JOHN: (shrugging — not sure of whatis eapected of him) I’d be me.

SAM: (spitting word) Why!?

JOHN: (confused) I don’t understand. You’re mad & it isnt just what McNeal said, is it? You’re imagining that I feel certain ways because of your skin color. But you have no reason to feel that because this is the north…

SAM: Damn the north! (pause — calming himself to explain) We are different. Plain & simple. I don’t even know you man, & even if I did, I don’t want to be treated like one of your white buddies because I’m not one of your white white buddies. I’m black! (sharply) & I don’t want you to never forget it!

JOHN: But I don’t think of you that way.

SAM: Then start!

JOHN: (thoroughly confused, pleading for understanding) But why?

SAM: (firmly) Because that’s the way it is.

JOHN: (still not convinced) I can’t believe that you want me to treat you as an inferior.

SAM: (sharply, furious) That ain’t what I said! (softer) Why would remembering that I’m black make you treat me like an inferior?

JOHN: I didnt mean that —

MCNEAL: John! (pause, anger rising) Stop crawling! It makes me sick to see you do that. You’re a white man! Don’t let him talk to you with that tone. Tell him his place.

JOHN: (weary) Its not like that here.

MCNEAL: He said it, you’re a white man & he’s a nigger.

JOHN: (suddenly angry) Shut up Ann!

SAM: (suddenly alert) What? (laughing) What did he call you? Ann? (laughing) Like in MissAnn? & McNeal is your last name. Well I’ll be goddammed! Miss Ann, aint that —

MCNEAL: (rising suddenly, furious) Shut up laughing at me! You black sonofa¬bitch!

JOHN: (angry frustration) Shut up Ann!

MCNEAL: No you shut up John, just shut UP!
SAM: (smirking) That’s telling him baby.

MCNEAL: You make me sick to my stomach. If you were any kind of a man, like my daddy, you’d stand up & act like a man. Instead you’ve been sniveling around niggers ever since we’ve been up here. (vicious) You DISGUST me!

JOHN: (standing. wanting to reach out to her. softly) Ann —

MCNEAL: (to SAM) & you, you black bastard, I should beat you myself to teach you a lesson.

SAM: (toying with her — grinning) You’ve got soul Miss Ann, but I wonder if ol liberal John is going to let you talk to me like that —

JOHN: Whats happening here? I don’t understand this¬ —

SAM: (rising. angry again) You don’t understand nothin you dumb white fool! You bring this stupid hillbilly bitch into my house to show her how liberal & hip you are & how nice I am. What do you think this is, the goddammed zoo? This is where I live man!

JOHN: (shocked, defensive) Now wait a minute —

SAM: (furious) Naw, you wait a minute! You come down here to show me off didn’t you? Now just you let me show my black ass, or ain’t that what you come for?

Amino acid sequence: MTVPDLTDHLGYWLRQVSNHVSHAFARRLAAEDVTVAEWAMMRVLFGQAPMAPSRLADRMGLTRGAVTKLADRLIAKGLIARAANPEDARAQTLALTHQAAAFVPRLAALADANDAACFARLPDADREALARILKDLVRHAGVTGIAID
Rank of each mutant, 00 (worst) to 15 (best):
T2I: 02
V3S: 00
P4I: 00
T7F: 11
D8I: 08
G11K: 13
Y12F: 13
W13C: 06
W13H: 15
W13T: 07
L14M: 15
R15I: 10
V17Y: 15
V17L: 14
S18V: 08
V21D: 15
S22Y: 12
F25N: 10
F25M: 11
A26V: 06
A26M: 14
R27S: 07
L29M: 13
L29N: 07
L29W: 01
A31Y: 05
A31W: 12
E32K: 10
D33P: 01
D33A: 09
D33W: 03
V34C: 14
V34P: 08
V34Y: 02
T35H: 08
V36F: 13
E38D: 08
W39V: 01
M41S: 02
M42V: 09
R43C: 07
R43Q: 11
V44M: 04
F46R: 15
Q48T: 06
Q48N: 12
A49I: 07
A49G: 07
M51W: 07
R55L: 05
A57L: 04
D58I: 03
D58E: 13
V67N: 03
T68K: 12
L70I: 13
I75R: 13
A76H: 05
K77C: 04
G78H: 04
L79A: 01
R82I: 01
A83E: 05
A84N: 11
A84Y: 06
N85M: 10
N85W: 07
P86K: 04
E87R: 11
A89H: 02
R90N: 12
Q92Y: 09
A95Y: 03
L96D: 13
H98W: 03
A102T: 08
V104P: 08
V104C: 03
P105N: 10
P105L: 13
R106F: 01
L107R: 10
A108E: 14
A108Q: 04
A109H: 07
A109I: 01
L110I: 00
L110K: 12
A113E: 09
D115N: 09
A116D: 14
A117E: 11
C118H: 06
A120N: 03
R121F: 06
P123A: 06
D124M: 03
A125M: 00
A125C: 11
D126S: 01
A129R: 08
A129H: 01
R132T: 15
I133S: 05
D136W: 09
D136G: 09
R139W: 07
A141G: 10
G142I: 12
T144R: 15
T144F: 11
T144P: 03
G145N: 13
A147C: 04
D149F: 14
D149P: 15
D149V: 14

MCNEAL: Thats right, show him nigger.

SAM: (to MCNEAL) I’m ‘bout tired of you now! (to JOHN) What was I suppose to do? Talk real quiet about art & civil rights & the same shit them assholes was talking about at that bullshit party the other night? Was I suppose to impress her about how white I could be so that she could got used to the way free Negroes are? Well I’m sorry.
JOHN: (hurt) I thought you were cool &….
MCNEAL: (disgusted) O for god sakes John —
SAM: I ain’t cool man, I ain’t nothin but me. Tryin to make it in your world. & cuz I didn’t say nothin the other night didn’t mean I was cool. I just get tight jawed & play like I’m what you call cool when I’m with them people man, that way they don’t bug me with all that one man’s family shit.
MCNEAL: Are you listening John.
SAM: I talked to you cuz I was high & bored & you was funny to me man. Plain & simple, you was funny! Cuz you was so anxious to kiss my black ass.
MCNEAL: (shouting) Did you hear that, he thought you were funny, & I thought you were a MAN!
JOHN: (slaps MCNEAL suddenly & it spins her around & away from him – knocking all the fight out of her) I told you to shut up. (turns to face SAM. after a pause) See what you did? That’s my wife! No, I don’t understand, but I just hit my wife because of you. For some reason she doesn’t think I’m a man & it’s because of you. (pause, considering) Because of you. (steps toward SAM, fists clenched)

SAM: Ok, be cool now! (runs his hand into his pocket.)

MCNEAL holds her hand out to JOHN

JOHN: (firm, but almost apologetic) Youre going to have to fight me. So that she can see — (another step) Black nigger! (talking himself into it)

SAM: Shut up white boy & back off me. (knife out & snapped open) Back up now!

MCNEAL: John! He’ll kill you, you fool.

JOHN: No. That knife doesnt scare me. YOU DUMB BLACK NIGGER. (slaps SAM. there is a slight pause during which the action is frozen)

(SAM stabs JOHN in the chest)
(MCNEAL screams & rushes forward, but JOHN clutching at his chest disbelievingly pushes her away)

JOHN: It doesn’t make sense¬ —

(JOHN falls face down on the couch)

MCNEAL: (hysterical) WHAT DID WE DO!!! WHAT DID WE DO!!!

SAM: (moves mechanically, grabs her by the throat with his left hand & holds her at arms length, the knife still at his side) SHUT UP!

MCNEAL: (softly) Are you going to rape me —
SAM stabs her quickly in the breast. Twice. & she falls at his feet. He stands for a moment then drops the knife & looks down at them. & starts to cry


Source: Bill Harris, Work 2, 1965